Second teacher steps down from trust which runs Kings Priory School

Troubled educational trust The Woodard Academies Trust has seen a second headteacher resign from his post

David Dawes, who resigned as headteacher of Kings Priory School after just one term
David Dawes, who resigned as headteacher of Kings Priory School after just one term

The departure of a second head teacher in 24 hours at a troubled educational trust calls into question the ability to recruit appropriate staff, a parent claims.

The Woodard Academies Trust which runs Kings Priory School in Tynemouth saw its headteacher David Dawes stand down after just one term in the post, on Monday.

On the same day a headteacher at one of the trust’s schools in the south of England also announced his departure leaving parents in the North East worried about the organisation’s approach to hiring staff.

A parent who wished not to be named so as to protect the identity of her child who is a pupil at the school, said: “To have two headteachers go in one day makes me slightly worried as to whether Woodard has a handle on the sort of people who should be running their schools.

“Are they actually bringing in the right people and are they capable of choosing the right people?

“I hope in the future they are more circumspect with whoever they chose to replace him.”

Mr Dawes’ departure came on the same day as headteacher Steve Jewell of the Littlehampton Academy in West Sussex announced his resignation ahead of the school’s Ofsted report which is due to be released today.

Both men officially stood down on December 31. However, Woodard left it until the first day of term to tell parents and pupils in an official letter.

Their departure in such quick succession has called into question the management of the trust, which is a Christian charity that runs 23 schools across the country and took over the running of the newly formed Kings Priory School last April.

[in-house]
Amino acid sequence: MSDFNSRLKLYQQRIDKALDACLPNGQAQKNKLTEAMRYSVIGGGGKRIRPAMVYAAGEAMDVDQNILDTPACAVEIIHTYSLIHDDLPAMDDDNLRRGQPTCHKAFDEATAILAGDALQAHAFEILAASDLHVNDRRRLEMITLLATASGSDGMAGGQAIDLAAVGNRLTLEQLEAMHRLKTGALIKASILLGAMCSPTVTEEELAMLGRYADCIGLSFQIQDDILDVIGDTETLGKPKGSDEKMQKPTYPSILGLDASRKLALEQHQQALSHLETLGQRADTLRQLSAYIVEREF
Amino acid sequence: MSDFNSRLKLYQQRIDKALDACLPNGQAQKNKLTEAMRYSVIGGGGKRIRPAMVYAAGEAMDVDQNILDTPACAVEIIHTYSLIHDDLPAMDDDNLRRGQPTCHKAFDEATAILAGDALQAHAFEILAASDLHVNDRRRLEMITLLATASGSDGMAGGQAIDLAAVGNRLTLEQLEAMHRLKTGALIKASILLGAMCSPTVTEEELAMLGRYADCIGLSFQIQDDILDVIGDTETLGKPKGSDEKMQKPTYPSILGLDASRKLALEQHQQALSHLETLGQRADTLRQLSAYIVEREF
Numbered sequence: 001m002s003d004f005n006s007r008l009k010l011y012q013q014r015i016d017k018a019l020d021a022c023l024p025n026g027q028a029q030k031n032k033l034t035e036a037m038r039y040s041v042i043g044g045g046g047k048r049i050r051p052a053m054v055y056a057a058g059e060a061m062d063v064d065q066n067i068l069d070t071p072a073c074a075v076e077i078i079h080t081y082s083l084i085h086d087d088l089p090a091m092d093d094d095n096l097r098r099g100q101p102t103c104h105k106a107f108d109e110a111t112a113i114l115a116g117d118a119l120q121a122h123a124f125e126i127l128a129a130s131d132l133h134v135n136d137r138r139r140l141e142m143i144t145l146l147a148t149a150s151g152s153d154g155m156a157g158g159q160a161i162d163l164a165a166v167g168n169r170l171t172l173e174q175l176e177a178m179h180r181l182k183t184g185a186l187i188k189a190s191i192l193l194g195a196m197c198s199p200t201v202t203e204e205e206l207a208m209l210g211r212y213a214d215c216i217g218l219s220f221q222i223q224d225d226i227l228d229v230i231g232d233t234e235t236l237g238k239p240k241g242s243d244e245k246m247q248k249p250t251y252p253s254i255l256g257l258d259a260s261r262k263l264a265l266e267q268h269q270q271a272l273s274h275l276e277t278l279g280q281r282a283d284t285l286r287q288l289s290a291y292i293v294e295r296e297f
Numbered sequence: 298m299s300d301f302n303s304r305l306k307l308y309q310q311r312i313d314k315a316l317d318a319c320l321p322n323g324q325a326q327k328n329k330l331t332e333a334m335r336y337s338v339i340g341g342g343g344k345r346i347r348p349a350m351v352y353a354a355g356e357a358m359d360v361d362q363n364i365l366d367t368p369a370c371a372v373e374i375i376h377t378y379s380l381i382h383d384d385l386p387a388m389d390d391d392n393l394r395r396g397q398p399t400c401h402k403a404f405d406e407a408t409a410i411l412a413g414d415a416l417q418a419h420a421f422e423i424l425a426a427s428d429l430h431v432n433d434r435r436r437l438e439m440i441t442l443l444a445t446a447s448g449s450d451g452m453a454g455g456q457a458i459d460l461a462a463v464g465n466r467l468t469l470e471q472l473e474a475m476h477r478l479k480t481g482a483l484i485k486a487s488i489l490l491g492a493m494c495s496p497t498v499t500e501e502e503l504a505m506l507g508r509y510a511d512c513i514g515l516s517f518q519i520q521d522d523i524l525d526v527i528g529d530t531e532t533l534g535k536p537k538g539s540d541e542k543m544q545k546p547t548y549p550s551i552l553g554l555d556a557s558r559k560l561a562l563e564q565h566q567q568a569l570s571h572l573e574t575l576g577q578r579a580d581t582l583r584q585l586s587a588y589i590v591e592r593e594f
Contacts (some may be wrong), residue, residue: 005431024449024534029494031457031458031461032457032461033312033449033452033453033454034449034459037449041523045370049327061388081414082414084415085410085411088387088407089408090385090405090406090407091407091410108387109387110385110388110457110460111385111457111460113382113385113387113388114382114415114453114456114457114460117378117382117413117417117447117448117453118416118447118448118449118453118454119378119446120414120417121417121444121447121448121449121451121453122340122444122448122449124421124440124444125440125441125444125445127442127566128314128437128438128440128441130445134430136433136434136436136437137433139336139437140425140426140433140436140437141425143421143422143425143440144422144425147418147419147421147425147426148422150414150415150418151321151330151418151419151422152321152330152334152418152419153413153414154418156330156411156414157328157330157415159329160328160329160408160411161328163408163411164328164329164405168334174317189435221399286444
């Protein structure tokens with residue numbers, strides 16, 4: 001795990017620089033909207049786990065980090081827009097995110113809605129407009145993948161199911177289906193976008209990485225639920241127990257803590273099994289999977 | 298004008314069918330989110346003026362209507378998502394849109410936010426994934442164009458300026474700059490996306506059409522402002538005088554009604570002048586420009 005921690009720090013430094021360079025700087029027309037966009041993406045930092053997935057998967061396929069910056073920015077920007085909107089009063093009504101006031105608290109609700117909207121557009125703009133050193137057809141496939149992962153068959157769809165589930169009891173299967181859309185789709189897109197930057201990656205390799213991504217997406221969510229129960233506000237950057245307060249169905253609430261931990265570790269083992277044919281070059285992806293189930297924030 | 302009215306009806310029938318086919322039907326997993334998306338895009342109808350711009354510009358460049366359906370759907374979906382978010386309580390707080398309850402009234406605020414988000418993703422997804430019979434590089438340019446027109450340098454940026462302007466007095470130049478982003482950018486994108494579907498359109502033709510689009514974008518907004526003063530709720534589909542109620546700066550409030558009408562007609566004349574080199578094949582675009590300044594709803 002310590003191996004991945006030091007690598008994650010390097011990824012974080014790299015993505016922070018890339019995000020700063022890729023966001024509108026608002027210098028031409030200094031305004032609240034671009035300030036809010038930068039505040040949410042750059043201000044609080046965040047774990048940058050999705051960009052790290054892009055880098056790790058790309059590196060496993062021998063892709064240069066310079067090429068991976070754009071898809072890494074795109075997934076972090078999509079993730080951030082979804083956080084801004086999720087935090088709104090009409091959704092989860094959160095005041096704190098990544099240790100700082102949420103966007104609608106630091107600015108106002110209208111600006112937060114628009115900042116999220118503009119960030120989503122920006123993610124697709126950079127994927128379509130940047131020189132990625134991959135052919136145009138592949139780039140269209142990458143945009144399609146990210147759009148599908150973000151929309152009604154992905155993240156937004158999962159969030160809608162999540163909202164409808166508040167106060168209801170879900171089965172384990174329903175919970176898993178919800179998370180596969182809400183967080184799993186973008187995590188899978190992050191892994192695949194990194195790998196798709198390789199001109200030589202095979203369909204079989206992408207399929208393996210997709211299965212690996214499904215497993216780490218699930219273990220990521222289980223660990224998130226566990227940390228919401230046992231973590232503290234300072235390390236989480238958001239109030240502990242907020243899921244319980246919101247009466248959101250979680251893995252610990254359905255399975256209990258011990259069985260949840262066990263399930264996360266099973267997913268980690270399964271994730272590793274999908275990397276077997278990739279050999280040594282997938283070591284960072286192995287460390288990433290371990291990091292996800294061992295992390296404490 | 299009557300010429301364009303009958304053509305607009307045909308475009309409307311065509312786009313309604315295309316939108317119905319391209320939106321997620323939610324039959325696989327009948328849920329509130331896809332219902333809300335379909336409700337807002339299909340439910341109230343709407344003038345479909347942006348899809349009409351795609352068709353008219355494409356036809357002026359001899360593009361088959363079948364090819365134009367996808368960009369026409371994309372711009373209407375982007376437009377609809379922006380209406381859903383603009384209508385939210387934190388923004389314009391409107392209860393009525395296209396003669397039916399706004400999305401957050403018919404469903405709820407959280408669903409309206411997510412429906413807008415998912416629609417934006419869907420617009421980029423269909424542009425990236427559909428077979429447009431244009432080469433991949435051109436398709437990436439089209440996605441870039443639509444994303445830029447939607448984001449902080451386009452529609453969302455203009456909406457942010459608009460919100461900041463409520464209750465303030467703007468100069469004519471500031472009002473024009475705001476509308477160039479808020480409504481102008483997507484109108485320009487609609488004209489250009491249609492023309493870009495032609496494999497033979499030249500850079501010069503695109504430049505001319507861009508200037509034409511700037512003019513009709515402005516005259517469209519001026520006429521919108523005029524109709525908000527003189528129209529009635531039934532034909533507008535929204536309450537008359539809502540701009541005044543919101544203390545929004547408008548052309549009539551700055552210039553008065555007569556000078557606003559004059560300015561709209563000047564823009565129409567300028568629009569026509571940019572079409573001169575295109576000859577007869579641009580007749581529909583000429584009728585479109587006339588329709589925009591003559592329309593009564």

Like the organisation’s Tynemouth staff, teachers in Sussex also threatened strike action last year.

Their concerns were over excess monitoring and workload for staff, while at Kings Priory teachers planned to walk out over working conditions.

The Woodard Academies Trust has not revealed the reasons for Mr Jewell leaving during the middle of the academic year, but said he had made the decision after “much consideration’”

Mr Dawes is said to have stepped down due to conflicting visions with trust staff over how the Tynemouth school should be run.

Parents have previously spoken of their discomfort at his strong religious views and also difficulties in communication between himself and parents.

“Whoever they appoint next needs to be someone who I think can liaise with the parents and someone who you can have a rapport with. The trust between parents and the school was just breaking down,” said the mum, whose young child currently attends the school.

Kings Priory School, for four to 18-year-olds, opened in September and is the first ever merger between a fee paying independent school – King’s School at Huntingdon Place – and a state primary, Priory Primary in nearby Percy Park Road.

The academy will be led by Sue Melbourne, the current Head of Primary and Middle Schools and Gill Hewlett, the current Head of Senior School until a new leader is chosen.

David Bilton, CEO of Woodard Academies Trust said: “The departure of the two principals, David Dawes at Kings Priory School and Steve Jewell at The Littlehampton Academy are not linked and were for very different reasons.

“Teaching staff are governed by staffing resignation dates, hence the reason why these two dates are the same in this instance.

“Steve Jewell was in his fifth year as principal of The Littlehampton Academy and he left his post after careful consideration.

“David Dawes, as has been reported, left due to a difference of personal vision. He was at the end of his first term as principal.

“As an Academy Trust we have robust and audited recruitment procedures which involve both HR and education experts at each stage from the written entry, interview stages, aptitude tests and references.

“It would be wrong of anyone to jump to any assumption or conclusion regarding these departures and as expected, reasons for leaving are often personal and therefore should rightly remain confidential.”


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